Americans’ economic worries rose to a pandemic high this month, according to Gallup, but the level of concern still remains relatively low compared to historical trends.
Twenty-six percent of Americans told Gallup in a new poll that an economic-related concern is the top problem facing the country.
Ten percent of those polled said the economy in general is the top problem in the U.S., while 7 percent cited the high cost of living/inflation and 5 percent said unemployment/jobs. Concerns over the federal budget deficit/federal budget, the gap between rich and poor, wage issues, fuel/oil prices and lack of money each received one percent in the poll.
By contrast, 74 percent of respondents named a non-economic issue as the top problem the U.S. is facing
Republicans and independents were more likely to cite an economic issue as the top problem, according to Gallup. Thirty percent of Republicans and 29 percent of independents pointed to an economic problem when asked about the most pressing issue facing the U.S., compared to only 18 percent of Democrats.
This month was the first time since January 2017 that a double-digit percentage of Americans cited the economy in general as the most important problem facing the U.S., according to Gallup. In September and October of this year, only 6 percent of Americans said it was the top issue.
Respondents citing inflation as the top issue has also increased amid the pandemic. Just 1 percent pointed to inflation as a leading problem in September, which rose to 5 percent in October. The Labor Department released new statistics earlier this month showing that inflation is at a 30-year high.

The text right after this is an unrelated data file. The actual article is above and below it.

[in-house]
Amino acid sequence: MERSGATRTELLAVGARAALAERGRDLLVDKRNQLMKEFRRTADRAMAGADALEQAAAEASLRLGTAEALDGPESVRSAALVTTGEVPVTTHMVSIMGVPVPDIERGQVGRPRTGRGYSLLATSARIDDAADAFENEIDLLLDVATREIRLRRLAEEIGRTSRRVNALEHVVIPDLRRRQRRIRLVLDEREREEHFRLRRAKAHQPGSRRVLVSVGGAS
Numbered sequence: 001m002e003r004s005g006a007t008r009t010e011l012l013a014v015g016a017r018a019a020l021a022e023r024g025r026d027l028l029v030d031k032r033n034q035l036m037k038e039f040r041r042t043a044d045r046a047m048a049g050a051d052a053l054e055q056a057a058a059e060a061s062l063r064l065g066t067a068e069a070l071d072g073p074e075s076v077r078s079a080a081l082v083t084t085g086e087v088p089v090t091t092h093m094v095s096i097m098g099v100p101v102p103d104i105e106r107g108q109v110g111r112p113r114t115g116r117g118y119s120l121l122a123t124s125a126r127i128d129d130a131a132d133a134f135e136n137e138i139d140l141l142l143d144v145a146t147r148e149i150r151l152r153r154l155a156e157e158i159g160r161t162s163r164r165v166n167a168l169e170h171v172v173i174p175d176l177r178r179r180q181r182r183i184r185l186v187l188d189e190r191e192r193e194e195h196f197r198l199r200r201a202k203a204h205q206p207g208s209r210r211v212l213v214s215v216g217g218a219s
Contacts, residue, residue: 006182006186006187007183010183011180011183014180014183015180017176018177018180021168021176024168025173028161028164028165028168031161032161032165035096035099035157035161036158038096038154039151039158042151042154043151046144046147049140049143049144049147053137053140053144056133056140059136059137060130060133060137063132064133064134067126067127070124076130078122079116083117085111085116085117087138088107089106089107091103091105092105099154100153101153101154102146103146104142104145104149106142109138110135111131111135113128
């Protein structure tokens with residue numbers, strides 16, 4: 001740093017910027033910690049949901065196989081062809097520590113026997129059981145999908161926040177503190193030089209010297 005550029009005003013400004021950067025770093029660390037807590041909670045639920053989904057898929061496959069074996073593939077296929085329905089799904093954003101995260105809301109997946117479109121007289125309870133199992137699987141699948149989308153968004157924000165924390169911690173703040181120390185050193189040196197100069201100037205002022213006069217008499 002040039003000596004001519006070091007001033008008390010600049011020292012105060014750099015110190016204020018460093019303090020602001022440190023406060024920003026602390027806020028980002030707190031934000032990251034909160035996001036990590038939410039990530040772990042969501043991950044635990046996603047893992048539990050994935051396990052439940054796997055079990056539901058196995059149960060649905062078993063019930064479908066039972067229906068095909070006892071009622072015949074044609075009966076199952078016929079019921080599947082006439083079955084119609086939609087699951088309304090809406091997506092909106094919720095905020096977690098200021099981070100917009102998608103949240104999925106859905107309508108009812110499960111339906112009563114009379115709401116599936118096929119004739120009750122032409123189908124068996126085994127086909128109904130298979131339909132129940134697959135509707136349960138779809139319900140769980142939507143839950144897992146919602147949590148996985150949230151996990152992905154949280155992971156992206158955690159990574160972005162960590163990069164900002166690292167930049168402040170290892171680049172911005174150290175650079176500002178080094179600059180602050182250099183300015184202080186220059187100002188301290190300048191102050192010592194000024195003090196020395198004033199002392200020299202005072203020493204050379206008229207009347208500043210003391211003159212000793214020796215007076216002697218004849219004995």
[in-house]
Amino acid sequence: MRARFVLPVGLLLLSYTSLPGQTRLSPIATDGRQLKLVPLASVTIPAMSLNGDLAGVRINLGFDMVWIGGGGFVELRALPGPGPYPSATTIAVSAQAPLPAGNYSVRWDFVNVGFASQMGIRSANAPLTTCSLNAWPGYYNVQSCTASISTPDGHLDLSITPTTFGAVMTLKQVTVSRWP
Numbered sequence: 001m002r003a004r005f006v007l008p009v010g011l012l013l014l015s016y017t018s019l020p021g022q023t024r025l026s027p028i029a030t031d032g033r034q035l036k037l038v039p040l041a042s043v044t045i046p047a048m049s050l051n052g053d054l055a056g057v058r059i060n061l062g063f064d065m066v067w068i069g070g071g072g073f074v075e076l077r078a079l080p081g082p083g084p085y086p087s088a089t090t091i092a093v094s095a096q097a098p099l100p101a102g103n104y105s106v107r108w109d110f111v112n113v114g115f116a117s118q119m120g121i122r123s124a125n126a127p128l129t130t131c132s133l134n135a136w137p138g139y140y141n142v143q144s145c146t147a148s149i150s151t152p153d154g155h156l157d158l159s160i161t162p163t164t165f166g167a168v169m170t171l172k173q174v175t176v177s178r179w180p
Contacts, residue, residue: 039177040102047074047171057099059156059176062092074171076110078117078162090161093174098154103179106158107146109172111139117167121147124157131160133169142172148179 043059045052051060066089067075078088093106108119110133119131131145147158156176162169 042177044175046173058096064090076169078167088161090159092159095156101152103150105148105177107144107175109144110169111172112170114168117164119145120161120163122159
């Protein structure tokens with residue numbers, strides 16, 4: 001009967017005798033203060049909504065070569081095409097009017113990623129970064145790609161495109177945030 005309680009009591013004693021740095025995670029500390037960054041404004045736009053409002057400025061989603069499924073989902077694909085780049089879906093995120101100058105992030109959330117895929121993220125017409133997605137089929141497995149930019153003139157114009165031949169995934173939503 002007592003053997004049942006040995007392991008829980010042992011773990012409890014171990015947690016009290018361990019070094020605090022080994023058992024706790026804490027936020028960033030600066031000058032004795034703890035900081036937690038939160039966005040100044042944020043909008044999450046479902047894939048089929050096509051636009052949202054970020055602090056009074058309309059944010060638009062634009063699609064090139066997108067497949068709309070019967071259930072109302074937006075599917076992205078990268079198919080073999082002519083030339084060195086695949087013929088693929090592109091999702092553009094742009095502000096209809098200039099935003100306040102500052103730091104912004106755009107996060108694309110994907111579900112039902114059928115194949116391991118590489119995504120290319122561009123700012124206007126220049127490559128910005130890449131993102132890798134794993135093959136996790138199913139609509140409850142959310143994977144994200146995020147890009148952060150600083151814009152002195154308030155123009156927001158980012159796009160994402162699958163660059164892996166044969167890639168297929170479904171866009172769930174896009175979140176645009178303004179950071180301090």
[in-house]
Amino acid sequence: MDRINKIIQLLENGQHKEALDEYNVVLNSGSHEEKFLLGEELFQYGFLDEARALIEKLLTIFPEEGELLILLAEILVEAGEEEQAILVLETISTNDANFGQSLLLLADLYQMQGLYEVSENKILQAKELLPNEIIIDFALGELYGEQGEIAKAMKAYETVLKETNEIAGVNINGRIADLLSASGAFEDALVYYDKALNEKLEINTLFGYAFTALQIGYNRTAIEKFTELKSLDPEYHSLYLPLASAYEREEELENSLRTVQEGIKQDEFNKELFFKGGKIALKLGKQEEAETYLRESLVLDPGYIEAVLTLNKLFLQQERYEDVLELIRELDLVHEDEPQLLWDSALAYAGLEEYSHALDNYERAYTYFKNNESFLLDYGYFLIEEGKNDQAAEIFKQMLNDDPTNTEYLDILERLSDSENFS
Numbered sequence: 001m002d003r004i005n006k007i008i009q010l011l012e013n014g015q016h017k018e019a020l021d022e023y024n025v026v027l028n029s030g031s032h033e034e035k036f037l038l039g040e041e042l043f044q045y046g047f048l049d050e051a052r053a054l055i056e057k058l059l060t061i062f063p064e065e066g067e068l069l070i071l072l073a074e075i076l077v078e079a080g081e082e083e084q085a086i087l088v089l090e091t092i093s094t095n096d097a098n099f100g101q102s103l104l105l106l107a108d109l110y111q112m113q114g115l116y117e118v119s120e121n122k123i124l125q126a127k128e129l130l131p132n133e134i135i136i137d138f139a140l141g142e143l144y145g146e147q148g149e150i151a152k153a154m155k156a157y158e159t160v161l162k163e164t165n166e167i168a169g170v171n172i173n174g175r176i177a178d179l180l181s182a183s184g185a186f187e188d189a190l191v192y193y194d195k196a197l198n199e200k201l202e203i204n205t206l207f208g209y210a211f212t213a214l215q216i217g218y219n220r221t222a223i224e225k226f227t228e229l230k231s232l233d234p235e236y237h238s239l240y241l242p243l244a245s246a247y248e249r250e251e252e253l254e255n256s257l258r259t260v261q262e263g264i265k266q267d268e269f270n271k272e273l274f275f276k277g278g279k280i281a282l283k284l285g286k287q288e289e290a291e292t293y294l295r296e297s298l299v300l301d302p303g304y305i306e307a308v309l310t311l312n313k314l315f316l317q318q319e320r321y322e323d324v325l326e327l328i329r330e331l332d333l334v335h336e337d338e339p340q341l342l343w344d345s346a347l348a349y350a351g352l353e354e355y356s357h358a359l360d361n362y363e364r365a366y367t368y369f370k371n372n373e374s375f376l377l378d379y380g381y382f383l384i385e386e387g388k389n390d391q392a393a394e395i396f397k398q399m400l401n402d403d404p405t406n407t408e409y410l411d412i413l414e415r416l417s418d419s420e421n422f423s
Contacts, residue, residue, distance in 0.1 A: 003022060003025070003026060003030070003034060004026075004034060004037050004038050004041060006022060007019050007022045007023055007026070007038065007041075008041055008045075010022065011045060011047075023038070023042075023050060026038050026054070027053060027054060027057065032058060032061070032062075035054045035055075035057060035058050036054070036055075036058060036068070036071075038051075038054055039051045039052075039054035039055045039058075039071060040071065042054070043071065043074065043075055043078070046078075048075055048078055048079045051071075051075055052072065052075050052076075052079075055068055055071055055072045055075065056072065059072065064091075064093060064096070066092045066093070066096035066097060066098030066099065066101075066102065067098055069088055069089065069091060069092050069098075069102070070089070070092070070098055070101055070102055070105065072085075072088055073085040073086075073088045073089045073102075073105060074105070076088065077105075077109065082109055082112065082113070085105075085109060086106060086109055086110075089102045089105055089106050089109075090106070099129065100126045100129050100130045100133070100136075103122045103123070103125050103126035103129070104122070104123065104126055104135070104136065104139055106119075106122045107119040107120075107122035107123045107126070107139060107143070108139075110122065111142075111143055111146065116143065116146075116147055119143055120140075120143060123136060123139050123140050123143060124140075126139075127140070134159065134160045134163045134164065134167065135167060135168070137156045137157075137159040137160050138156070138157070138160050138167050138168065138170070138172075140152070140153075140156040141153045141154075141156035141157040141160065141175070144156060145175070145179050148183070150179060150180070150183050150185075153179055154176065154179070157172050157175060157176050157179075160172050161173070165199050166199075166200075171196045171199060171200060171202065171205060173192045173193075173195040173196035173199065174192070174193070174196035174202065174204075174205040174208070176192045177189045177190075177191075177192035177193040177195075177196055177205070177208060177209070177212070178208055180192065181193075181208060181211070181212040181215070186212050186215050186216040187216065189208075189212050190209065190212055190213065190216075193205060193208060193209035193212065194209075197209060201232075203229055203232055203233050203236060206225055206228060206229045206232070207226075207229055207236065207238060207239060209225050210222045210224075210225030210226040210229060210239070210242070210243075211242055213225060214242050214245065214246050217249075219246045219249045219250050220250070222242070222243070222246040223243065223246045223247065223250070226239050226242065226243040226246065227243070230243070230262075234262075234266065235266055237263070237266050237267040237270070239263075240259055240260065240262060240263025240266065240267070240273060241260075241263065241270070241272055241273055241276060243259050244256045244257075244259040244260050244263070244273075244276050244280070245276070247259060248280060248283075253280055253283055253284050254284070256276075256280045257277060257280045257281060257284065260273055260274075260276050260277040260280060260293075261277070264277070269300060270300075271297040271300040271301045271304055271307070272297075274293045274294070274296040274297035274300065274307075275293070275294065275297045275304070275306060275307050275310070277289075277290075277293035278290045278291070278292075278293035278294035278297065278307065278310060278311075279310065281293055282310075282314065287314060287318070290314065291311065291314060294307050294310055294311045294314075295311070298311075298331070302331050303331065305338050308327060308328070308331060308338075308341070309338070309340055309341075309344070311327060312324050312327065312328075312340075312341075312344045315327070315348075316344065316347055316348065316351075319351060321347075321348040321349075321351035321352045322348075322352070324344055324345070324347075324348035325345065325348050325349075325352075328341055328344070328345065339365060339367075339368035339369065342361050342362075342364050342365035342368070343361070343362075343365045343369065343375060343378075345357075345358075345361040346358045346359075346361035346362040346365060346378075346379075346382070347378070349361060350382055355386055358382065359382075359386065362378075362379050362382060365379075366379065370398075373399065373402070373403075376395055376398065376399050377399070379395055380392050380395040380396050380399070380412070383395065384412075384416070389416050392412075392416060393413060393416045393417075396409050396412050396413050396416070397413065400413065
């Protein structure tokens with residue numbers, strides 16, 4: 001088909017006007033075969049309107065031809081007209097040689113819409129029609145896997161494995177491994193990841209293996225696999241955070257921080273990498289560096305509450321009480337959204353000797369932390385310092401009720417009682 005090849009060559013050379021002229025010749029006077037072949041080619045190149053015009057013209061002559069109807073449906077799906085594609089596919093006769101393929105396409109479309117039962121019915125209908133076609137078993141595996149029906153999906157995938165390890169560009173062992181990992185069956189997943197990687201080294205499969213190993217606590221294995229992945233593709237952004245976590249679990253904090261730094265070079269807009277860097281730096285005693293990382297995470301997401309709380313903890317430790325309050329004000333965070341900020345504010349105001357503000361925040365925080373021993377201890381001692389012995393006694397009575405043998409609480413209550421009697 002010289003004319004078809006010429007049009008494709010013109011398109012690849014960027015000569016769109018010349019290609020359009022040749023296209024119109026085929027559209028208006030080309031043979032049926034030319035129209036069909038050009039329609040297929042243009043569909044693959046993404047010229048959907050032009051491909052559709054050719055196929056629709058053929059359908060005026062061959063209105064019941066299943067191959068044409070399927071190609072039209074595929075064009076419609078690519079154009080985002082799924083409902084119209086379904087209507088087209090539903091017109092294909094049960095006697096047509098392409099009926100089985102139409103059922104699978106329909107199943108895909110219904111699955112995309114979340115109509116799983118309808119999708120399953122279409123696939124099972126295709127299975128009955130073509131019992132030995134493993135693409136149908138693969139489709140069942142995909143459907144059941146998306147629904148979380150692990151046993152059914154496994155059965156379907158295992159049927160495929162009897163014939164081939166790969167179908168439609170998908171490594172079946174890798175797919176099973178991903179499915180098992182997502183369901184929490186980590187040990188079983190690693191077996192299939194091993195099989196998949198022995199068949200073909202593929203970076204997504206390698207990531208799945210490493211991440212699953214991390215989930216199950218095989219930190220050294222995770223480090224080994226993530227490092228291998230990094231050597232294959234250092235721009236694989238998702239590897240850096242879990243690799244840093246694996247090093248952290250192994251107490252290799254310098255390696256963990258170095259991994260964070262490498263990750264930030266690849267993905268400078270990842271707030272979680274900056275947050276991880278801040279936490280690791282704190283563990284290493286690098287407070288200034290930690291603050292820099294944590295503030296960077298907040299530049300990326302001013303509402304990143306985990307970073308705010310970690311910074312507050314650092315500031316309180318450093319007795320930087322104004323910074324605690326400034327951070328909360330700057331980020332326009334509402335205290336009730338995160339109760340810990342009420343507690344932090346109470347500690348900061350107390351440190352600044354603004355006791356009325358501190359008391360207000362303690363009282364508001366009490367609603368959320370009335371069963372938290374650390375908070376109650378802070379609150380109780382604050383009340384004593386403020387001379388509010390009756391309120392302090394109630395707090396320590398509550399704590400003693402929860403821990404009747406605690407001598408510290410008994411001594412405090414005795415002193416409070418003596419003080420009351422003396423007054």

The last time at least 7 percent of Americans said inflation was a leading problem in the U.S. was in April 2001, according to Gallup.
While the level of economic concern in the U.S. rose to a pandemic high this month, it is still relatively low in the context of Gallup’s historical trend data, which includes numbers beginning in 1991.
Economic concern in the U.S. hit a peak in February 2009, reaching 86 percent, when the country was grappling with the Great Recession and financial crisis.
The new polling numbers come after President BidenJoe BidenBiden to provide update Monday on US response to omicron variant Restless progressives eye 2024 Emhoff lights first candle in National Menorah-lighting ceremony MORE signed his $1.2 trillion bipartisan infrastructure package into law, which includes investments in projects like roads, bridges, broadband, water and rail.
Congressional Democrats are now looking to send their social spending and climate package to Biden’s desk, which includes funding for health care and education, among other initiatives.
That bill, which comes in at roughly $2 trillion, is causing concern among Republicans that inflation will skyrocket if it is signed into law. Democrats, however, are arguing that the bill will serve as a solution to the rising inflation in the country.
Gallup surveyed 815 adults in the U.S. through telephone interviews between Nov. 1 and Nov. 16. The margin of sampling error is plus or minus 4 percentage points.